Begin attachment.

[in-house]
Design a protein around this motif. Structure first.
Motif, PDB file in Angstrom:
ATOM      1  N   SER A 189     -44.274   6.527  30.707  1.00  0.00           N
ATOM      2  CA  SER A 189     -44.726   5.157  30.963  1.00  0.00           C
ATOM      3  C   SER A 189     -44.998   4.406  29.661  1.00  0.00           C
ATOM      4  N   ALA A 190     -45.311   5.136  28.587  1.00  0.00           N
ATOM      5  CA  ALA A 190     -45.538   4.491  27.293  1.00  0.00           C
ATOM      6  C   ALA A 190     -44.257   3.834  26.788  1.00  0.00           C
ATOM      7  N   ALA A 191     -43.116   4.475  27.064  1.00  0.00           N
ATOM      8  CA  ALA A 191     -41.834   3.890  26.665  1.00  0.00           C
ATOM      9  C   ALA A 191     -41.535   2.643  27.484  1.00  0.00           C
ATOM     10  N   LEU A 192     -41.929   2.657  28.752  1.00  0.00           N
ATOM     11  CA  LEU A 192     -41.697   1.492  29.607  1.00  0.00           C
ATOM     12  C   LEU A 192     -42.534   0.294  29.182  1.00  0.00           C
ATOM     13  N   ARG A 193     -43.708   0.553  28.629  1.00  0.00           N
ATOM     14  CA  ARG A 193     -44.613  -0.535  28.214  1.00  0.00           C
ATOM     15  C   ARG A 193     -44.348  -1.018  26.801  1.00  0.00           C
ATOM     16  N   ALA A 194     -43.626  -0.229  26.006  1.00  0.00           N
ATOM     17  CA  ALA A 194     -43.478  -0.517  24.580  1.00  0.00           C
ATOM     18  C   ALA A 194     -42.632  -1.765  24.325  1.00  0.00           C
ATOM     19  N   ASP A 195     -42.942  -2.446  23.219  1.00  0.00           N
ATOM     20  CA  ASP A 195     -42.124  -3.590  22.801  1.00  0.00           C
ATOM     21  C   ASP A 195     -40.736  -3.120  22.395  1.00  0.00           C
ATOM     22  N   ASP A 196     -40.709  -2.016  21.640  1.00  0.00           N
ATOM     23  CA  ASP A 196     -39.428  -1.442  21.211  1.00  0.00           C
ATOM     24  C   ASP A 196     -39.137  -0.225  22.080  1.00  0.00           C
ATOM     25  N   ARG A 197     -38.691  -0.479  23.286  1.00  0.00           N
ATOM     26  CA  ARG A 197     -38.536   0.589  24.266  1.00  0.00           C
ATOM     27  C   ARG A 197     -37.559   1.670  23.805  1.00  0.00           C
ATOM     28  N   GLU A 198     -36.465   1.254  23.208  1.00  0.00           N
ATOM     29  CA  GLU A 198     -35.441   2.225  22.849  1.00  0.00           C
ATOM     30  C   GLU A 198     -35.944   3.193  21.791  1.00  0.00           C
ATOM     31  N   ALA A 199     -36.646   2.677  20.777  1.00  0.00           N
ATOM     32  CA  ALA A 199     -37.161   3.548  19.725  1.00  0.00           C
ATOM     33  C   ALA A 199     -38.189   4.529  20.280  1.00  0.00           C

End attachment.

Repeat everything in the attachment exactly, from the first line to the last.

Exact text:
[in-house]
Design a protein around this motif. Structure first.
Motif, PDB file in Angstrom:
ATOM      1  N   SER A 189     -44.274   6.527  30.707  1.00  0.00           N
ATOM      2  CA  SER A 189     -44.726   5.157  30.963  1.00  0.00           C
ATOM      3  C   SER A 189     -44.998   4.406  29.661  1.00  0.00           C
ATOM      4  N   ALA A 190     -45.311   5.136  28.587  1.00  0.00           N
ATOM      5  CA  ALA A 190     -45.538   4.491  27.293  1.00  0.00           C
ATOM      6  C   ALA A 190     -44.257   3.834  26.788  1.00  0.00           C
ATOM      7  N   ALA A 191     -43.116   4.475  27.064  1.00  0.00           N
ATOM      8  CA  ALA A 191     -41.834   3.890  26.665  1.00  0.00           C
ATOM      9  C   ALA A 191     -41.535   2.643  27.484  1.00  0.00           C
ATOM     10  N   LEU A 192     -41.929   2.657  28.752  1.00  0.00           N
ATOM     11  CA  LEU A 192     -41.697   1.492  29.607  1.00  0.00           C
ATOM     12  C   LEU A 192     -42.534   0.294  29.182  1.00  0.00           C
ATOM     13  N   ARG A 193     -43.708   0.553  28.629  1.00  0.00           N
ATOM     14  CA  ARG A 193     -44.613  -0.535  28.214  1.00  0.00           C
ATOM     15  C   ARG A 193     -44.348  -1.018  26.801  1.00  0.00           C
ATOM     16  N   ALA A 194     -43.626  -0.229  26.006  1.00  0.00           N
ATOM     17  CA  ALA A 194     -43.478  -0.517  24.580  1.00  0.00           C
ATOM     18  C   ALA A 194     -42.632  -1.765  24.325  1.00  0.00           C
ATOM     19  N   ASP A 195     -42.942  -2.446  23.219  1.00  0.00           N
ATOM     20  CA  ASP A 195     -42.124  -3.590  22.801  1.00  0.00           C
ATOM     21  C   ASP A 195     -40.736  -3.120  22.395  1.00  0.00           C
ATOM     22  N   ASP A 196     -40.709  -2.016  21.640  1.00  0.00           N
ATOM     23  CA  ASP A 196     -39.428  -1.442  21.211  1.00  0.00           C
ATOM     24  C   ASP A 196     -39.137  -0.225  22.080  1.00  0.00           C
ATOM     25  N   ARG A 197     -38.691  -0.479  23.286  1.00  0.00           N
ATOM     26  CA  ARG A 197     -38.536   0.589  24.266  1.00  0.00           C
ATOM     27  C   ARG A 197     -37.559   1.670  23.805  1.00  0.00           C
ATOM     28  N   GLU A 198     -36.465   1.254  23.208  1.00  0.00           N
ATOM     29  CA  GLU A 198     -35.441   2.225  22.849  1.00  0.00           C
ATOM     30  C   GLU A 198     -35.944   3.193  21.791  1.00  0.00           C
ATOM     31  N   ALA A 199     -36.646   2.677  20.777  1.00  0.00           N
ATOM     32  CA  ALA A 199     -37.161   3.548  19.725  1.00  0.00           C
ATOM     33  C   ALA A 199     -38.189   4.529  20.280  1.00  0.00           C